Here’s what you’ll likely hear this weekend in the financial press and from the chief strategist types throughout the coming week:
Janet Yellen wrote the Fed’s statement this week and called the shots on the decision, Bernanke merely blessed it. He knows it’s her getting his gig next and the transition’s already begun. Brian Wesbury got the ball rolling on that one.
Yellen’s specialty in both Academia and at the San Fran Fed was and is currently the subject of unemployment, it’s causes and its effects on people and the national economy. Translation: the next Fed will be the most dovish in history and inflation concerns will be marginalized.
The bounce in yield plays and EM thanks to this week’s no-taper will be short-lived, stick to what’s working. Even though Yellen will be dovish, the market will remain on pins and needles and rates will eventually go up anyway.
Unconstrained bond funds and total return will be the only way to play fixed income going forward, bond index ETFs are toast. Okay sure, so long as you find the right unconstrained manager or the right total return manager. And whom might that be, pray tell?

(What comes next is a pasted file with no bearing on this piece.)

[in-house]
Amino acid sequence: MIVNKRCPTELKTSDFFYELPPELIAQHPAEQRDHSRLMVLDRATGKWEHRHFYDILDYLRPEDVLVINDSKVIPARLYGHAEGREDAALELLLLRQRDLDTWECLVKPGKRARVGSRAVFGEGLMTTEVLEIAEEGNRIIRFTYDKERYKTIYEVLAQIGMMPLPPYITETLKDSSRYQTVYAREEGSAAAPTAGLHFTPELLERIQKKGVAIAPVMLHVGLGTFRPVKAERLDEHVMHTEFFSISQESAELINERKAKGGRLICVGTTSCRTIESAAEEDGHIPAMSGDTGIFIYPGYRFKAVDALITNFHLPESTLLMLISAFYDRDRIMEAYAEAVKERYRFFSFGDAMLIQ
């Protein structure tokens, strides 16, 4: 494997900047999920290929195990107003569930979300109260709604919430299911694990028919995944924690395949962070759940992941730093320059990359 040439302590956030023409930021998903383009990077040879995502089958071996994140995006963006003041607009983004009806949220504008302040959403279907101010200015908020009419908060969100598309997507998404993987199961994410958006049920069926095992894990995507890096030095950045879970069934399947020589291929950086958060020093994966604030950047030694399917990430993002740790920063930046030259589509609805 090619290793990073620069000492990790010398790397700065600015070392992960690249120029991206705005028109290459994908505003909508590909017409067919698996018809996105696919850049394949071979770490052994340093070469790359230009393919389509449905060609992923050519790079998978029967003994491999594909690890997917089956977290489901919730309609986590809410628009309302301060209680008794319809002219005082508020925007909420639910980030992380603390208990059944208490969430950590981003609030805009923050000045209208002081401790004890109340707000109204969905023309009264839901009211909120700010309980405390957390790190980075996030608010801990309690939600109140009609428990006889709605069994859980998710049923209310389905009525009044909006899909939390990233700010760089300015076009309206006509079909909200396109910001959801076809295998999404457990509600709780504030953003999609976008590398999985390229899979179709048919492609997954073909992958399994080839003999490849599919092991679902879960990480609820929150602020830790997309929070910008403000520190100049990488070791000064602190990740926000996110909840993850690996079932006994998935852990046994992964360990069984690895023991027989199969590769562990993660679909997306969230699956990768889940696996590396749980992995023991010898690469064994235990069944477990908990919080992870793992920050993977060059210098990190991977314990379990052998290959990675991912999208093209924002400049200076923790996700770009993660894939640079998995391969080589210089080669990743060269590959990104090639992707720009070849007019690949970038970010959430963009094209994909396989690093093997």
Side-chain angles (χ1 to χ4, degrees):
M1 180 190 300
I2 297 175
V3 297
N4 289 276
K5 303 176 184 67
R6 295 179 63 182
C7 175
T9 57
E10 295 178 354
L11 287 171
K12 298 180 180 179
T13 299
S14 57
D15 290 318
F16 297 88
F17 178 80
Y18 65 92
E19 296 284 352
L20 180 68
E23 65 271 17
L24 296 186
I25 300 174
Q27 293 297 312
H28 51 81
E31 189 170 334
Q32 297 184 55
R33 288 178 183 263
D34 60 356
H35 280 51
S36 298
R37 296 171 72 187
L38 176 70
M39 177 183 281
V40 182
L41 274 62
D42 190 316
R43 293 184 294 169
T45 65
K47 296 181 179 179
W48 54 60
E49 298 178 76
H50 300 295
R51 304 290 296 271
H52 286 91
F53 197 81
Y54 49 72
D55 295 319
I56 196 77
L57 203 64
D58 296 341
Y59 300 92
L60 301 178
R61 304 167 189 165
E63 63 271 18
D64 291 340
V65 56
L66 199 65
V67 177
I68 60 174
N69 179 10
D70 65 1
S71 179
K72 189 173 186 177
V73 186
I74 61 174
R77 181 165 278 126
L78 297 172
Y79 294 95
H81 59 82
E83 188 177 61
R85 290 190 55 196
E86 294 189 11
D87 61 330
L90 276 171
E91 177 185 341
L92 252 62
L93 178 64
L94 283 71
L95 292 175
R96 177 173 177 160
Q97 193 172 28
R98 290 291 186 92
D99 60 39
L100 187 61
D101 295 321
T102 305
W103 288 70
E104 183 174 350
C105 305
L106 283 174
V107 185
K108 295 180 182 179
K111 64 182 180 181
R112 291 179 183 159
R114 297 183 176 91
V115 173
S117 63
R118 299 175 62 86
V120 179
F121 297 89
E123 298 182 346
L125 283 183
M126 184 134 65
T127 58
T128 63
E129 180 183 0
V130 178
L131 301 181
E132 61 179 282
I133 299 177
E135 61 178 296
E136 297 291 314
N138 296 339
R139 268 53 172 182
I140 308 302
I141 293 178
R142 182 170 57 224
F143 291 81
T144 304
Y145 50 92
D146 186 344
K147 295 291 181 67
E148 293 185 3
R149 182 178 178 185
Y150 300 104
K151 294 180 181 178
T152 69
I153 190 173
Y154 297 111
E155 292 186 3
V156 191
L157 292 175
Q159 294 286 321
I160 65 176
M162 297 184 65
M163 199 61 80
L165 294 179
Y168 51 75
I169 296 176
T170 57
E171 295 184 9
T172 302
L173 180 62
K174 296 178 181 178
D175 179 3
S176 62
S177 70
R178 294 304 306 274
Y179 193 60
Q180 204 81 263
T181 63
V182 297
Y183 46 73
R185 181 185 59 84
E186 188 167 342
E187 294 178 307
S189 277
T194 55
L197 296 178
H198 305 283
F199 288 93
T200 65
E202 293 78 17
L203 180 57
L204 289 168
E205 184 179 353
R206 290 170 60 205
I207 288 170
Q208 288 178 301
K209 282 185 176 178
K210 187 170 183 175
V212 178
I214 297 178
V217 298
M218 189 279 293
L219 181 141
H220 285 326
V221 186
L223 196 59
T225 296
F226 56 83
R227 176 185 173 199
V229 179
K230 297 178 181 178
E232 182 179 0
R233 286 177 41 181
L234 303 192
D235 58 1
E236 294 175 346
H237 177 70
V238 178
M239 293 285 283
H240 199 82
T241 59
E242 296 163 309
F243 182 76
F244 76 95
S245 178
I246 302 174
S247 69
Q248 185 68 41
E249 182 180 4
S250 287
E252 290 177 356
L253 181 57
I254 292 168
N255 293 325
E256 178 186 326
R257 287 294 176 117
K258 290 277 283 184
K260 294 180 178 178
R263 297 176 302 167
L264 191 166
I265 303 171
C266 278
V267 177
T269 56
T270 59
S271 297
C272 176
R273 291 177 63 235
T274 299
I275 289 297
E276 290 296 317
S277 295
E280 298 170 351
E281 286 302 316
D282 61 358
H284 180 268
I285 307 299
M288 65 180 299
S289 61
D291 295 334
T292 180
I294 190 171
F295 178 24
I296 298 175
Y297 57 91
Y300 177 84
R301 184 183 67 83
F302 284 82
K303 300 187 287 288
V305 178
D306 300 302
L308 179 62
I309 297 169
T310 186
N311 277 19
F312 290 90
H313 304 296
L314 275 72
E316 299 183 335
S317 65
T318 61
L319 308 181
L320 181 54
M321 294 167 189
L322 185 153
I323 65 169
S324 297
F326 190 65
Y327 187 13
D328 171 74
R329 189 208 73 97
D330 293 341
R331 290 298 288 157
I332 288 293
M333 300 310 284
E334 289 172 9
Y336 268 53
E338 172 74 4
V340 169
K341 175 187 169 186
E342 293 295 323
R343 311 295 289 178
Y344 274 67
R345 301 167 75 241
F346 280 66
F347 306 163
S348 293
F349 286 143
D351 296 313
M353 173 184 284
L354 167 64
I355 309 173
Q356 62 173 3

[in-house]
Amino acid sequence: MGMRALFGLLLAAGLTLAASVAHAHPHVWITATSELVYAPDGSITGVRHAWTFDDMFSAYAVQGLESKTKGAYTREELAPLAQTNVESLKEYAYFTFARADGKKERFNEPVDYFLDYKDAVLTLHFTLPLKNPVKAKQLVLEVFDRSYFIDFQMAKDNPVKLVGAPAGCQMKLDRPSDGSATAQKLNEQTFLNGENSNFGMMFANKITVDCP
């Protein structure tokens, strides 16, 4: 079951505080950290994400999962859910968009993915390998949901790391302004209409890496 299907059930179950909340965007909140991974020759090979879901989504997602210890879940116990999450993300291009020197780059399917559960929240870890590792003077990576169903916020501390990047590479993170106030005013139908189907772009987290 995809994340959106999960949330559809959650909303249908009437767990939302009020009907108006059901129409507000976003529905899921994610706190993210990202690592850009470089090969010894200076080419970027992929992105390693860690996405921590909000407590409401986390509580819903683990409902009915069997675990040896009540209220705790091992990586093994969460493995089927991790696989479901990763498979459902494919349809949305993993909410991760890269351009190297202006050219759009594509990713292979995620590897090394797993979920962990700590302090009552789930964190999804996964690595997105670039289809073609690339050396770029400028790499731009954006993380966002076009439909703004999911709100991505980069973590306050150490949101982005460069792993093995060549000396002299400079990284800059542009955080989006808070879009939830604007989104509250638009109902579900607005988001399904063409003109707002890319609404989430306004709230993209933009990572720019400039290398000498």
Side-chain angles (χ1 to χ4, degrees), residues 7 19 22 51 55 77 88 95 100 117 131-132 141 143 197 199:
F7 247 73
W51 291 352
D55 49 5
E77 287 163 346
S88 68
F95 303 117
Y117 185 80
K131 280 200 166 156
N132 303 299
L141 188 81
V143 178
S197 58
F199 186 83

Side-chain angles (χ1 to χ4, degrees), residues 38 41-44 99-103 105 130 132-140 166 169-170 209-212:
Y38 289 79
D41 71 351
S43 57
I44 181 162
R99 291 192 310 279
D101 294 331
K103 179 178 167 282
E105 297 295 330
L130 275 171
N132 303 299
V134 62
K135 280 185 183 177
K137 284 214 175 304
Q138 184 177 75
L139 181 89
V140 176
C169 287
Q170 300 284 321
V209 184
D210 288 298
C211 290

US stocks are not as cheap as they were but are not yet ridiculously expensive. Boy, that’s helpful. Buffett himself believes this to be the case. He’s “having trouble finding good values.” Has he checked the junior gold miners lateley?
An October meeting (29th, 30th) taper or some mid-quarter surprise taper will be the next big stock buying opportunity. Don’t chase September’s historically abnormal rally. This one I actually agree with. Wednesday felt like a short-covering event in the yield stocks and REITs. Thursday was a hangover. Now what?